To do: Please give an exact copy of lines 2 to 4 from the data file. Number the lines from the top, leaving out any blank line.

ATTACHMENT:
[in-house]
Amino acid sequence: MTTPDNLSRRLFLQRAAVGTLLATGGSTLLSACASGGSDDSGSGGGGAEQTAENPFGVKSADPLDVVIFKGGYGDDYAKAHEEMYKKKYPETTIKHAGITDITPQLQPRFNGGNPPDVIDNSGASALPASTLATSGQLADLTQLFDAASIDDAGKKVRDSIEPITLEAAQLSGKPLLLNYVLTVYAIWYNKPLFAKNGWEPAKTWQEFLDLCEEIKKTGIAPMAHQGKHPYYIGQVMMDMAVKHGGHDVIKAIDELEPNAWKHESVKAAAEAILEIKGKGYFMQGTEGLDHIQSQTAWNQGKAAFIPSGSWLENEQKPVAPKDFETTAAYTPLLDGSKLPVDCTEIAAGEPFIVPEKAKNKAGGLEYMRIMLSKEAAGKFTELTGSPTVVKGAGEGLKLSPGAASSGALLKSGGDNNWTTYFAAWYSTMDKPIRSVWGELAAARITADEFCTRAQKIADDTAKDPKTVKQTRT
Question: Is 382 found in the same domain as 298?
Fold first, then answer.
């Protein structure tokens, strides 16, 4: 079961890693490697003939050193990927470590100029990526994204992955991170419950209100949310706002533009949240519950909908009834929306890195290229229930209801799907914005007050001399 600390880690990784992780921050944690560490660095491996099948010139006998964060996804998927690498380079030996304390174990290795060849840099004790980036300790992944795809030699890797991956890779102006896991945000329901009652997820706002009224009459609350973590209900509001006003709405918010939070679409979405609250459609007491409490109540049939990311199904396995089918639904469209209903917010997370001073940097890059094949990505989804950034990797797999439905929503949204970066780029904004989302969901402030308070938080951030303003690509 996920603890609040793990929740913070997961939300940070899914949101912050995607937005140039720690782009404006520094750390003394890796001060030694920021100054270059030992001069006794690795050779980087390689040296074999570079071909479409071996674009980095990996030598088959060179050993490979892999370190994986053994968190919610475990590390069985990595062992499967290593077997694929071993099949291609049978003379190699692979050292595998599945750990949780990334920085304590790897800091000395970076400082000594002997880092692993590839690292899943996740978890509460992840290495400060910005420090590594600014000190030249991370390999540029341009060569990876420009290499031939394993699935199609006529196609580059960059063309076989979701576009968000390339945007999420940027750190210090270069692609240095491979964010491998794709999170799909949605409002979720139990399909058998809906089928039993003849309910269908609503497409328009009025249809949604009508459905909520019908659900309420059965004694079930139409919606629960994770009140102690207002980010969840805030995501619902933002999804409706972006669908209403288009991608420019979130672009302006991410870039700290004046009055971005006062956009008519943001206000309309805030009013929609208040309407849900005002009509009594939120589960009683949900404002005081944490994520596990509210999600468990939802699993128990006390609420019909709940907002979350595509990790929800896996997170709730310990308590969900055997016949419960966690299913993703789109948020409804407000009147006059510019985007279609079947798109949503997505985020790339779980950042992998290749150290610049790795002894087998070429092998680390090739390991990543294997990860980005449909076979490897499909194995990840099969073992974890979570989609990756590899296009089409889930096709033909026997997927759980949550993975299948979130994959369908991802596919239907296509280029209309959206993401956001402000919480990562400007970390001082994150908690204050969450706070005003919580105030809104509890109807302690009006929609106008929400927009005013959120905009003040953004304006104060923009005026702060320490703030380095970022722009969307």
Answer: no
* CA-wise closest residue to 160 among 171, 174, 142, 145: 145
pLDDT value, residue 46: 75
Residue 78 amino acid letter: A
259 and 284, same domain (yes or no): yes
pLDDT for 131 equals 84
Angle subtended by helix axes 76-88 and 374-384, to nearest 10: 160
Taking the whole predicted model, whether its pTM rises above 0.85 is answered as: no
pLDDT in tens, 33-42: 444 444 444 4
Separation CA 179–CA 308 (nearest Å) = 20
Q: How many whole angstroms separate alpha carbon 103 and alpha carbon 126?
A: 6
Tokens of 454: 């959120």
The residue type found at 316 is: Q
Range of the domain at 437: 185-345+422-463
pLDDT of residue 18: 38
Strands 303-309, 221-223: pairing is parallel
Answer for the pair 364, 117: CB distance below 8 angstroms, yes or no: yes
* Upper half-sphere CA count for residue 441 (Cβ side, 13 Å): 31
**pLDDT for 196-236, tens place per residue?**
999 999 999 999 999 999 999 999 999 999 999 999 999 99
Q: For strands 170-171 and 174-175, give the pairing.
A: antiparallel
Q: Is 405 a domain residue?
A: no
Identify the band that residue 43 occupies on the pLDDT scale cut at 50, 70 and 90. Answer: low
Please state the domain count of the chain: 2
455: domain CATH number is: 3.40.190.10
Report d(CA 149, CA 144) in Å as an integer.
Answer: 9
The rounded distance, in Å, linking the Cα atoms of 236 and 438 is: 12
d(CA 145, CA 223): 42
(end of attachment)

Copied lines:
Amino acid sequence: MTTPDNLSRRLFLQRAAVGTLLATGGSTLLSACASGGSDDSGSGGGGAEQTAENPFGVKSADPLDVVIFKGGYGDDYAKAHEEMYKKKYPETTIKHAGITDITPQLQPRFNGGNPPDVIDNSGASALPASTLATSGQLADLTQLFDAASIDDAGKKVRDSIEPITLEAAQLSGKPLLLNYVLTVYAIWYNKPLFAKNGWEPAKTWQEFLDLCEEIKKTGIAPMAHQGKHPYYIGQVMMDMAVKHGGHDVIKAIDELEPNAWKHESVKAAAEAILEIKGKGYFMQGTEGLDHIQSQTAWNQGKAAFIPSGSWLENEQKPVAPKDFETTAAYTPLLDGSKLPVDCTEIAAGEPFIVPEKAKNKAGGLEYMRIMLSKEAAGKFTELTGSPTVVKGAGEGLKLSPGAASSGALLKSGGDNNWTTYFAAWYSTMDKPIRSVWGELAAARITADEFCTRAQKIADDTAKDPKTVKQTRT
Question: Is 382 found in the same domain as 298?
Fold first, then answer.